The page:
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1.  Association between smoking and outcomes in older adults with atrial fibrillation 
Tobacco smoking is a risk factor for atrial fibrillation (AF), but little is known about the impact of smoking in patients with AF. Of the 4060 patients with recurrent AF in the Atrial Fibrillation Follow-up Investigation of Rhythm Management (AFFIRM) trial, 496 (12%) reported having smoked during the past two years. Propensity scores for smoking were estimated for each of the 4060 patients using a multivariable logistic regression model and were used to assemble a matched cohort of 487 pairs of smokers and nonsmokers, who were balanced on 46 baseline characteristics. Cox and logistic regression models were used to estimate the associations of smoking with all-cause mortality and all-cause hospitalization, respectively, during over 5 years of follow-up. Matched participants had a mean age of 70 ± 9 years (± S.D.), 39% were women, and 11% were non-white. All-cause mortality occurred in 21% and 16% of matched smokers and nonsmokers, respectively (when smokers were compared with nonsmokers, hazard ratio = HR = 1.35; 95% confidence interval = 95% CI = 1.01–1.81; p = 0.046). Unadjusted, multivariable-adjusted and propensity-adjusted HR (95% CI) for all-cause mortality associated with smoking in the pre-match cohort were: 1.40 (1.13–1.72; p = 0.002), 1.45 (1.16–1.81; p = 0.001), and 1.39 (1.12–1.74; p = 0.003), respectively. Smoking had no association with all-cause hospitalization (when smokers were compared with nonsmokers, odds ratio = OR = 1.21; 95% CI = 0.94–1.57, p = 0.146). Among patients with AF, a recent history of smoking was associated with an increased risk of all-cause mortality, but had no association with all-cause hospitalization.
PMCID: PMC3358565  PMID: 21733581
Atrial fibrillation; Smoking; Mortality; Propensity score
2.  A Propensity-Matched Study of the Association of Diabetes Mellitus with Incident Heart Failure and Mortality among Community-Dwelling Older Adults 
The American Journal of Cardiology  2011;108(12):1747-1753.
Diabetes mellitus (DM) is a risk factor for incident heart failure (HF) in older adults. However, to what extent this association is independent of other risk factors remains unclear. Of the 5464 community-dwelling adults ≥65 years in the Cardiovascular Health Study without baseline HF, 862 had DM (fasting plasma glucose levels ≥126 mg/dl, or treatment with insulin or oral hypoglycemic agents). Propensity scores for DM were estimated for each of the 5464 participants and were used to assemble a cohort of 717 pairs of participants with and without DM, who were balanced on 65 baseline characteristics. Incident HF occurred in 31% and 26% of matched participants with and without DM, respectively, during over 13 years of follow-up (hazard ratio {HR} when DM was compared with no DM, 1.45; 95% confidence interval {CI}, 1.14–1.86; p=0.003). Among the 5464 pre-match participants, unadjusted and multivariable-adjusted HRs for incident HF associated with DM were 2.22 (95% CI, 1.94–2.55; p<0.001) and 1.52 (95% CI, 1.30–1.78; p<0.001), respectively. All-cause mortality occurred in 57% and 47% of matched participants with and without DM respectively (HR, 1.35; 95% CI, 1.13–1.61; p=0.001). Among matched participants, DM-associated HRs for incident peripheral arterial disease, incident acute myocardial infarction and incident stroke were 2.50 (95% CI, 1.45–4.32; p=0.001), 1.37 (95% CI, 0.97–1.93; p=0.072), and 1.11 (95% CI, 0.81–1.51; p=0.527), respectively. In conclusion, the association of DM with incident HF and all-cause mortality in community-dwelling older adults without HF is independent of major baseline cardiovascular risk factors.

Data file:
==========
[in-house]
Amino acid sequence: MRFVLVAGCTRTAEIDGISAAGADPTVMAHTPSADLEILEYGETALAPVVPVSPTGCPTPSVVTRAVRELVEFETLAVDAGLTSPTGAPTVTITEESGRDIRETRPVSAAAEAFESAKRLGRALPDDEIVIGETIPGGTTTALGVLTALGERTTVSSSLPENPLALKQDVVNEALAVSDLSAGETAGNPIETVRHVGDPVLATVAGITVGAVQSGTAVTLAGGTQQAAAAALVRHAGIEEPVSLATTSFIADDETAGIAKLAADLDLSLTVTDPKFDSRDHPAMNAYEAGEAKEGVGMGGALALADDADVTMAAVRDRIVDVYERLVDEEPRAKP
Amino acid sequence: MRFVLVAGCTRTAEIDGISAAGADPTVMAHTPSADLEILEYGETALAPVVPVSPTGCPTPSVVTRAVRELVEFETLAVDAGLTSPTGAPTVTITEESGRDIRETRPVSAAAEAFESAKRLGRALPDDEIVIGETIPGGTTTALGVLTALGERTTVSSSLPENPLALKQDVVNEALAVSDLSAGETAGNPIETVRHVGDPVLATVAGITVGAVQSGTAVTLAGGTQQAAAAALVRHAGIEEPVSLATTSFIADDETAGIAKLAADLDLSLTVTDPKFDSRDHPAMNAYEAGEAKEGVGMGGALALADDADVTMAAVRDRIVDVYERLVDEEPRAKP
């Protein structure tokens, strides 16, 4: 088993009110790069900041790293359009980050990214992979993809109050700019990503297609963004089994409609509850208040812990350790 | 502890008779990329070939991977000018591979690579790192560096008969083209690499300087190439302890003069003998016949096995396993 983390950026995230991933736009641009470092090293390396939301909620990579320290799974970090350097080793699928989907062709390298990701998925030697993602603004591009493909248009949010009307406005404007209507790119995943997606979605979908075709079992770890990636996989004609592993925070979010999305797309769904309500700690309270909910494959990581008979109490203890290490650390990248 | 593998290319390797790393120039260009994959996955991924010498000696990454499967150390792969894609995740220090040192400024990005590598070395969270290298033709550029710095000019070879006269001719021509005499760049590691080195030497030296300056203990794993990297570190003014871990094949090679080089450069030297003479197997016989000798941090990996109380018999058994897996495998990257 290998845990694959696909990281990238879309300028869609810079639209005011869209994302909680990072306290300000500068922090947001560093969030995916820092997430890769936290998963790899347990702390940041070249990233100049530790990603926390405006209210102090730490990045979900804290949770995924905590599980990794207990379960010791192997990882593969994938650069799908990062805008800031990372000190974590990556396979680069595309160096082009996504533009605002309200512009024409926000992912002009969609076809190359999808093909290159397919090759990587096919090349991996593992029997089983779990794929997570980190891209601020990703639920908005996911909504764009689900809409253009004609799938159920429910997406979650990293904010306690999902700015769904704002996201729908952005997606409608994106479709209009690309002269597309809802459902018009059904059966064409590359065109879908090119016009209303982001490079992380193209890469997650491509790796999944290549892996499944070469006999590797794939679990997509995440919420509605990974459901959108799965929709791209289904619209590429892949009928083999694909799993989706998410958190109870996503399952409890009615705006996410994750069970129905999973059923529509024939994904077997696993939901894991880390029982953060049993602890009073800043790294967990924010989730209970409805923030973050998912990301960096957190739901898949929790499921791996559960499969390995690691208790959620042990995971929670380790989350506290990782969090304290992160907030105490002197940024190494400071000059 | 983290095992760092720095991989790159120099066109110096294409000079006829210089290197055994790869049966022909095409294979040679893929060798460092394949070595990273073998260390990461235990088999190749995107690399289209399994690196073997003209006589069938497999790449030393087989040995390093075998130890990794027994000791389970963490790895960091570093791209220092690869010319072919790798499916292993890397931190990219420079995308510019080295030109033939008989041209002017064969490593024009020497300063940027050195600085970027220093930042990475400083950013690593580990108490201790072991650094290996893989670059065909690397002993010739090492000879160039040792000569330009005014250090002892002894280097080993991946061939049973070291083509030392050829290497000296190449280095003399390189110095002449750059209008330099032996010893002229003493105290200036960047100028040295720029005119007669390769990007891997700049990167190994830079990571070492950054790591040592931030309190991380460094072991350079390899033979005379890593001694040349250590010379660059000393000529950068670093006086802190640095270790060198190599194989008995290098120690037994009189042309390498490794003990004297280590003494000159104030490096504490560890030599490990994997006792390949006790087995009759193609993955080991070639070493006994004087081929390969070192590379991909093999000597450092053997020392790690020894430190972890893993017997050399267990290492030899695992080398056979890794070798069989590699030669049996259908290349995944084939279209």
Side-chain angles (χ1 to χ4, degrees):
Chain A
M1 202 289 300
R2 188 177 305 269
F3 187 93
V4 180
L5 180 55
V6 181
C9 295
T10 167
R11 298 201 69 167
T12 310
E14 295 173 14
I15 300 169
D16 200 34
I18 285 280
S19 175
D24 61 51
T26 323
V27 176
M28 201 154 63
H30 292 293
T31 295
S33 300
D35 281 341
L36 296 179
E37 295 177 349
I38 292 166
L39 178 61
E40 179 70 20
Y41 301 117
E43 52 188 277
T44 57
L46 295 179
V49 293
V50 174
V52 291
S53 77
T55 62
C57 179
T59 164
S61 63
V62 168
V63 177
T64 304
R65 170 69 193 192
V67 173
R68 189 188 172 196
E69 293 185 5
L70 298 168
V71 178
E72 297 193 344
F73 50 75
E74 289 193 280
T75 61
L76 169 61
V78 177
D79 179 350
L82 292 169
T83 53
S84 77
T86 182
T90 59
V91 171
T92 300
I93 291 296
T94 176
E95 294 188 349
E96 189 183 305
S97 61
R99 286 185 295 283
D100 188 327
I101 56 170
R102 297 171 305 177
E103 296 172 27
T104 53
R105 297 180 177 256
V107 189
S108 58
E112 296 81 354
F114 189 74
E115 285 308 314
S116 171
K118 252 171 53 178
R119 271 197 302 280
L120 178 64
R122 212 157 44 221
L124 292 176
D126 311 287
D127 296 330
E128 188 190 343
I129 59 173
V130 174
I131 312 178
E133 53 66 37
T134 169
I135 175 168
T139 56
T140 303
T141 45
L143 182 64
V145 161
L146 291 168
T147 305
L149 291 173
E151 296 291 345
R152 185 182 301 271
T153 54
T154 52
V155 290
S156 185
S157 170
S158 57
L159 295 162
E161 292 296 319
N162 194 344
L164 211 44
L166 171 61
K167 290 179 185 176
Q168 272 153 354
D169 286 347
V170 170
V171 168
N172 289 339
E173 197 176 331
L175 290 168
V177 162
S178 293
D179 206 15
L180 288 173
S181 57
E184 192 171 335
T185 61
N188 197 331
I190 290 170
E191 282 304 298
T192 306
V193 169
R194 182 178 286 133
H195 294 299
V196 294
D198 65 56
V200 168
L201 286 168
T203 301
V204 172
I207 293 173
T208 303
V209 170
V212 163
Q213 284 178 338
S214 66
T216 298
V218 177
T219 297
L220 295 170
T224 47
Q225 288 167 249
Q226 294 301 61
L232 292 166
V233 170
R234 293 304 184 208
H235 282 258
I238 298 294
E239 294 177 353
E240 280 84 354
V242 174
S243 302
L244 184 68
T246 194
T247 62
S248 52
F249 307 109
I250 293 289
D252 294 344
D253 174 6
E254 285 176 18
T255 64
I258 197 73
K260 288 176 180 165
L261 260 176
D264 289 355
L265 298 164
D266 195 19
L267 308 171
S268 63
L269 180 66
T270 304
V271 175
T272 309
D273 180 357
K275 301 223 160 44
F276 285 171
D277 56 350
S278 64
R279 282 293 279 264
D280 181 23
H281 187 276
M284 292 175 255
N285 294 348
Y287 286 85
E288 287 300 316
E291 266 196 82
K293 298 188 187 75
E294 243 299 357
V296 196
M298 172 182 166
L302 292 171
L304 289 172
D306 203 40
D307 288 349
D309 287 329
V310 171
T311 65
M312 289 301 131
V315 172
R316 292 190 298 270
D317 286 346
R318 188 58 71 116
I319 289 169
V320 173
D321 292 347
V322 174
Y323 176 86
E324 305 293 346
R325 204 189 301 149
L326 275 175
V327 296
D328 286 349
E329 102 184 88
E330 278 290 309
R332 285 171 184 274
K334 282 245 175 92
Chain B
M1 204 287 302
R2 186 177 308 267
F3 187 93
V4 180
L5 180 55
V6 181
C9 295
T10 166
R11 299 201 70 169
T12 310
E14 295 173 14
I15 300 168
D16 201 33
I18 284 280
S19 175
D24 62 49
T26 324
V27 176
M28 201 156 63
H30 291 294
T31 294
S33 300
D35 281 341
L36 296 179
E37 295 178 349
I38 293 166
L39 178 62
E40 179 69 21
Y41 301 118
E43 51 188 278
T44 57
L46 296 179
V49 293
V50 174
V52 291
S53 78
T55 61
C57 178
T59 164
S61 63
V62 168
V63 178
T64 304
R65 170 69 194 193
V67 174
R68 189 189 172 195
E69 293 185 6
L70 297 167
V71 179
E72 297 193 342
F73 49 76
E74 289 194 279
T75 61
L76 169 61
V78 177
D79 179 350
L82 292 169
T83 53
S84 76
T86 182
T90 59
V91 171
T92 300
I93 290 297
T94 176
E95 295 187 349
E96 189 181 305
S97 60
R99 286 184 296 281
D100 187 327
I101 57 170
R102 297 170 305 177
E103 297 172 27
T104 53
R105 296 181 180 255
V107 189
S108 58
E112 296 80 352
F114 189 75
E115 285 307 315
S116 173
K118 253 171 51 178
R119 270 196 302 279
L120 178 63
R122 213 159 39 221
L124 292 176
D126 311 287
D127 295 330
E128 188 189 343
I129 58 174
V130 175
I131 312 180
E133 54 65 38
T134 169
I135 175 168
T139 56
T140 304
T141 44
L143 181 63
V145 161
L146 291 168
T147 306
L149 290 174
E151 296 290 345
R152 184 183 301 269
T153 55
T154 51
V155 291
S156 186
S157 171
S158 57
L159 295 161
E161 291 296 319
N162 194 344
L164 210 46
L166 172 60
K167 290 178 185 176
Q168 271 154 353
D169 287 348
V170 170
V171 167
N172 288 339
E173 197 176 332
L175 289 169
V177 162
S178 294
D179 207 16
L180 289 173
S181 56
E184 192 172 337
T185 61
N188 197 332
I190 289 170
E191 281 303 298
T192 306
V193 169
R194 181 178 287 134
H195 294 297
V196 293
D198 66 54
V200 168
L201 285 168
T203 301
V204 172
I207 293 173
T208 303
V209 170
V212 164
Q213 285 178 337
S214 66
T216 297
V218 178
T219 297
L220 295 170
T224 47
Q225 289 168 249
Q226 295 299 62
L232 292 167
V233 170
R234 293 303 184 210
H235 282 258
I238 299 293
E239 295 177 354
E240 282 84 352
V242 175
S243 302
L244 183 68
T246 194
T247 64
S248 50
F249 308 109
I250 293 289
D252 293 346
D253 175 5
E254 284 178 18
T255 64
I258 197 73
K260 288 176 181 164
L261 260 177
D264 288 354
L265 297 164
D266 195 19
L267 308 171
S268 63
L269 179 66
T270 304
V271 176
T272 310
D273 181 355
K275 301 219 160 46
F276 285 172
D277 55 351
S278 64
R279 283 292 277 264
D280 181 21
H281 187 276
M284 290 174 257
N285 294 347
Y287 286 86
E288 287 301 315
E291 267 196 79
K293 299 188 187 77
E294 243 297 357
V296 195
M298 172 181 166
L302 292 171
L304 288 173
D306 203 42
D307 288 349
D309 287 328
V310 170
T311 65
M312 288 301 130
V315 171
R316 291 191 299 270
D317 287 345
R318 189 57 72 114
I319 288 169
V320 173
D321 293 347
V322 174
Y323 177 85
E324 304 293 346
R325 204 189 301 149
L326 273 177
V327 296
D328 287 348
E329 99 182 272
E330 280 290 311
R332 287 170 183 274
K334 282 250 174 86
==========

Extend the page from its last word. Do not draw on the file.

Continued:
PMCID: PMC3324944  PMID: 21943936
heart failure; diabetes mellitus; mortality; older adults; propensity-matched
3.  Relationship between Stage of Kidney Disease and Incident Heart Failure in Older Adults 
American Journal of Nephrology  2011;34(2):135-141.
The relationship between stage of chronic kidney disease (CKD) and incident heart failure (HF) remains unclear.
Of the 5,795 community-dwelling adults ≥65 years in the Cardiovascular Health Study, 5,450 were free of prevalent HF and had baseline estimated glomerular filtration rate (eGFR: ml/min/1.73 m2) data. Of these, 898 (16%) had CKD 3A (eGFR 45–59 ml/min/1.73 m2) and 242 (4%) had CKD stage ≥3B (eGFR <45 ml/min/1.73 m2). Data on baseline proteinuria were not available and 4,310 (79%) individuals with eGFR ≥60 ml/min/1.73 m2 were considered to have no CKD. Propensity scores estimated separately for CKD 3A and ≥3B were used to assemble two cohorts of 1,714 (857 pairs with CKD 3A and no CKD) and 557 participants (148 CKD ≥3B and 409 no CKD), respectively, balanced on 50 baseline characteristics.
During 13 years of follow-up, centrally-adjudicated incident HF occurred in 19, 24 and 38% of pre-match participants without CKD (reference), with CKD 3A [unadjusted hazard ratio (HR) 1.40; 95% confidence interval (CI) 1.20–1.63; p < 0.001] and with CKD ≥3B (HR 3.37; 95% CI 2.71–4.18; p < 0.001), respectively. In contrast, among matched participants, incident HF occurred in 23 and 23% of those with CKD 3A and no CKD, respectively (HR 1.03; 95% CI 0.85–1.26; p = 0.746), and 36 and 28% of those with CKD ≥3B and no CKD, respectively (HR 1.44; 95% CI 1.04–2.00; p = 0.027).
Among community-dwelling older adults, CKD is a marker of incident HF regardless of stage; however, CKD ≥3B, not CKD 3A, has a modest independent association with incident HF.
PMCID: PMC3136373  PMID: 21734366
Chronic kidney disease; Heart failure

Results 1-3 (3)